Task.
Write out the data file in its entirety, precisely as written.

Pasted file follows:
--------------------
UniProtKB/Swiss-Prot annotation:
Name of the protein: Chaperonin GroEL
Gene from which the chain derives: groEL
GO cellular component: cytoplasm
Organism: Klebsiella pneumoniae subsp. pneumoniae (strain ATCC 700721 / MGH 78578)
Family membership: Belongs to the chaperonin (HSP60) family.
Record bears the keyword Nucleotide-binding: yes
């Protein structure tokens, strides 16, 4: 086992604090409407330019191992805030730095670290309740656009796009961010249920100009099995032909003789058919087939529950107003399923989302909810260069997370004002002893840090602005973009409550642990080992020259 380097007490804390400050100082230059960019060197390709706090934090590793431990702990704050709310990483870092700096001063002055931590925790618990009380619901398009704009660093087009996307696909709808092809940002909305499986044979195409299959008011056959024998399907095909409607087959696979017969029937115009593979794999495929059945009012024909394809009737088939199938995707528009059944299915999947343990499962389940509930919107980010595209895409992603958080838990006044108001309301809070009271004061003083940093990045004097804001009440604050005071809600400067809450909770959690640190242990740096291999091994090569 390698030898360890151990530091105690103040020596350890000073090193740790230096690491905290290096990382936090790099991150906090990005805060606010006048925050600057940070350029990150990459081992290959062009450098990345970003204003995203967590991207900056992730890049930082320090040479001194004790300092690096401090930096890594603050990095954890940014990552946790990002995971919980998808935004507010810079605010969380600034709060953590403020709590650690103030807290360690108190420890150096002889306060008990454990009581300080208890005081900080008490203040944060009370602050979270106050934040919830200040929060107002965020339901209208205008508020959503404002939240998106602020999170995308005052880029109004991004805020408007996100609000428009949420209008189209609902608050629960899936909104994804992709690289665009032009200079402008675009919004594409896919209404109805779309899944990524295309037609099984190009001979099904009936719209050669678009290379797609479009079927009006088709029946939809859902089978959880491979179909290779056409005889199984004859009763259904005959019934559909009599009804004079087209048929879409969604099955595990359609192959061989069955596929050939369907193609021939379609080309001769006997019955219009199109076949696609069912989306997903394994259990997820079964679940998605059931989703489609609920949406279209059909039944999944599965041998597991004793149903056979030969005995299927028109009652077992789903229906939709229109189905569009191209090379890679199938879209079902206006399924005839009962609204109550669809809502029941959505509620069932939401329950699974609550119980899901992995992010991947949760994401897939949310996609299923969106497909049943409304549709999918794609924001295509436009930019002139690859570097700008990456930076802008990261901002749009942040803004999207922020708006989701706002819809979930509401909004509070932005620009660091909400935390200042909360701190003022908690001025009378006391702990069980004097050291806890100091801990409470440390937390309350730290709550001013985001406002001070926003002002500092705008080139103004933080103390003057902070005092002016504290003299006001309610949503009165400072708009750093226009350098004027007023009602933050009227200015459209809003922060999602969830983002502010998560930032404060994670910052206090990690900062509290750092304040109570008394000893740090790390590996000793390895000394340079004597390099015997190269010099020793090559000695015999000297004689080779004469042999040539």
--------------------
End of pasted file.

UniProtKB/Swiss-Prot annotation:
Name of the protein: Chaperonin GroEL
Gene from which the chain derives: groEL
GO cellular component: cytoplasm
Organism: Klebsiella pneumoniae subsp. pneumoniae (strain ATCC 700721 / MGH 78578)
Family membership: Belongs to the chaperonin (HSP60) family.
Record bears the keyword Nucleotide-binding: yes
């Protein structure tokens, strides 16, 4: 086992604090409407330019191992805030730095670290309740656009796009961010249920100009099995032909003789058919087939529950107003399923989302909810260069997370004002002893840090602005973009409550642990080992020259 380097007490804390400050100082230059960019060197390709706090934090590793431990702990704050709310990483870092700096001063002055931590925790618990009380619901398009704009660093087009996307696909709808092809940002909305499986044979195409299959008011056959024998399907095909409607087959696979017969029937115009593979794999495929059945009012024909394809009737088939199938995707528009059944299915999947343990499962389940509930919107980010595209895409992603958080838990006044108001309301809070009271004061003083940093990045004097804001009440604050005071809600400067809450909770959690640190242990740096291999091994090569 390698030898360890151990530091105690103040020596350890000073090193740790230096690491905290290096990382936090790099991150906090990005805060606010006048925050600057940070350029990150990459081992290959062009450098990345970003204003995203967590991207900056992730890049930082320090040479001194004790300092690096401090930096890594603050990095954890940014990552946790990002995971919980998808935004507010810079605010969380600034709060953590403020709590650690103030807290360690108190420890150096002889306060008990454990009581300080208890005081900080008490203040944060009370602050979270106050934040919830200040929060107002965020339901209208205008508020959503404002939240998106602020999170995308005052880029109004991004805020408007996100609000428009949420209008189209609902608050629960899936909104994804992709690289665009032009200079402008675009919004594409896919209404109805779309899944990524295309037609099984190009001979099904009936719209050669678009290379797609479009079927009006088709029946939809859902089978959880491979179909290779056409005889199984004859009763259904005959019934559909009599009804004079087209048929879409969604099955595990359609192959061989069955596929050939369907193609021939379609080309001769006997019955219009199109076949696609069912989306997903394994259990997820079964679940998605059931989703489609609920949406279209059909039944999944599965041998597991004793149903056979030969005995299927028109009652077992789903229906939709229109189905569009191209090379890679199938879209079902206006399924005839009962609204109550669809809502029941959505509620069932939401329950699974609550119980899901992995992010991947949760994401897939949310996609299923969106497909049943409304549709999918794609924001295509436009930019002139690859570097700008990456930076802008990261901002749009942040803004999207922020708006989701706002819809979930509401909004509070932005620009660091909400935390200042909360701190003022908690001025009378006391702990069980004097050291806890100091801990409470440390937390309350730290709550001013985001406002001070926003002002500092705008080139103004933080103390003057902070005092002016504290003299006001309610949503009165400072708009750093226009350098004027007023009602933050009227200015459209809003922060999602969830983002502010998560930032404060994670910052206090990690900062509290750092304040109570008394000893740090790390590996000793390895000394340079004597390099015997190269010099020793090559000695015999000297004689080779004469042999040539």